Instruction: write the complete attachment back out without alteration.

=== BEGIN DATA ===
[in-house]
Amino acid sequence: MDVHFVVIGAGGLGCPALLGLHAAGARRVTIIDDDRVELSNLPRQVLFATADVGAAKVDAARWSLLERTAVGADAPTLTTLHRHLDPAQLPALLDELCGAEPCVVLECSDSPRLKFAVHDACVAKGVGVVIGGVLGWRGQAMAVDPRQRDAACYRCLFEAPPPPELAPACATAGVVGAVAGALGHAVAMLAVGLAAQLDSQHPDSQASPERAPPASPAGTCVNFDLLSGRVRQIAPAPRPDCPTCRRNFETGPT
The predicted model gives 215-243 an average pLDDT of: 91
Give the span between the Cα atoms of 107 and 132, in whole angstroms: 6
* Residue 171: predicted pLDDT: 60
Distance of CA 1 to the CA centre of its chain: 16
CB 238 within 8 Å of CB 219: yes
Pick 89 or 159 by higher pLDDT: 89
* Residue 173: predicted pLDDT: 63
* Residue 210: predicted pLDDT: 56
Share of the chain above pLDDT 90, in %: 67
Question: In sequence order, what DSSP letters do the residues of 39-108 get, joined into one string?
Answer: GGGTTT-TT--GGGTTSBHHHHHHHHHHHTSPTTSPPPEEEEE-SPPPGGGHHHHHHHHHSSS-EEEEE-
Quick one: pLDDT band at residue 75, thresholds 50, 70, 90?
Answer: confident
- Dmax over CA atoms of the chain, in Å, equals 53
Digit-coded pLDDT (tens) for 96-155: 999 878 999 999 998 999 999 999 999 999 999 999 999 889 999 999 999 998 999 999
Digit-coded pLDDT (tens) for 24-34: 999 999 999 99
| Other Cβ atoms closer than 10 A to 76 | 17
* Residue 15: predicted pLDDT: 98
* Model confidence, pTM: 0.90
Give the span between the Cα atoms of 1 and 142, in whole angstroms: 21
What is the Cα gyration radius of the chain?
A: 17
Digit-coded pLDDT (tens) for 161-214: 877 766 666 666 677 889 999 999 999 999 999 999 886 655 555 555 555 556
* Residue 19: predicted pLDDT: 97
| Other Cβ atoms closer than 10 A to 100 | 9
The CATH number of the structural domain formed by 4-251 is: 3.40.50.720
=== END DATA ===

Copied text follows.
[in-house]
Amino acid sequence: MDVHFVVIGAGGLGCPALLGLHAAGARRVTIIDDDRVELSNLPRQVLFATADVGAAKVDAARWSLLERTAVGADAPTLTTLHRHLDPAQLPALLDELCGAEPCVVLECSDSPRLKFAVHDACVAKGVGVVIGGVLGWRGQAMAVDPRQRDAACYRCLFEAPPPPELAPACATAGVVGAVAGALGHAVAMLAVGLAAQLDSQHPDSQASPERAPPASPAGTCVNFDLLSGRVRQIAPAPRPDCPTCRRNFETGPT
The predicted model gives 215-243 an average pLDDT of: 91
Give the span between the Cα atoms of 107 and 132, in whole angstroms: 6
* Residue 171: predicted pLDDT: 60
Distance of CA 1 to the CA centre of its chain: 16
CB 238 within 8 Å of CB 219: yes
Pick 89 or 159 by higher pLDDT: 89
* Residue 173: predicted pLDDT: 63
* Residue 210: predicted pLDDT: 56
Share of the chain above pLDDT 90, in %: 67
Question: In sequence order, what DSSP letters do the residues of 39-108 get, joined into one string?
Answer: GGGTTT-TT--GGGTTSBHHHHHHHHHHHTSPTTSPPPEEEEE-SPPPGGGHHHHHHHHHSSS-EEEEE-
Quick one: pLDDT band at residue 75, thresholds 50, 70, 90?
Answer: confident
- Dmax over CA atoms of the chain, in Å, equals 53
Digit-coded pLDDT (tens) for 96-155: 999 878 999 999 998 999 999 999 999 999 999 999 999 889 999 999 999 998 999 999
Digit-coded pLDDT (tens) for 24-34: 999 999 999 99
| Other Cβ atoms closer than 10 A to 76 | 17
* Residue 15: predicted pLDDT: 98
* Model confidence, pTM: 0.90
Give the span between the Cα atoms of 1 and 142, in whole angstroms: 21
What is the Cα gyration radius of the chain?
A: 17
Digit-coded pLDDT (tens) for 161-214: 877 766 666 666 677 889 999 999 999 999 999 999 886 655 555 555 555 556
* Residue 19: predicted pLDDT: 97
| Other Cβ atoms closer than 10 A to 100 | 9
The CATH number of the structural domain formed by 4-251 is: 3.40.50.720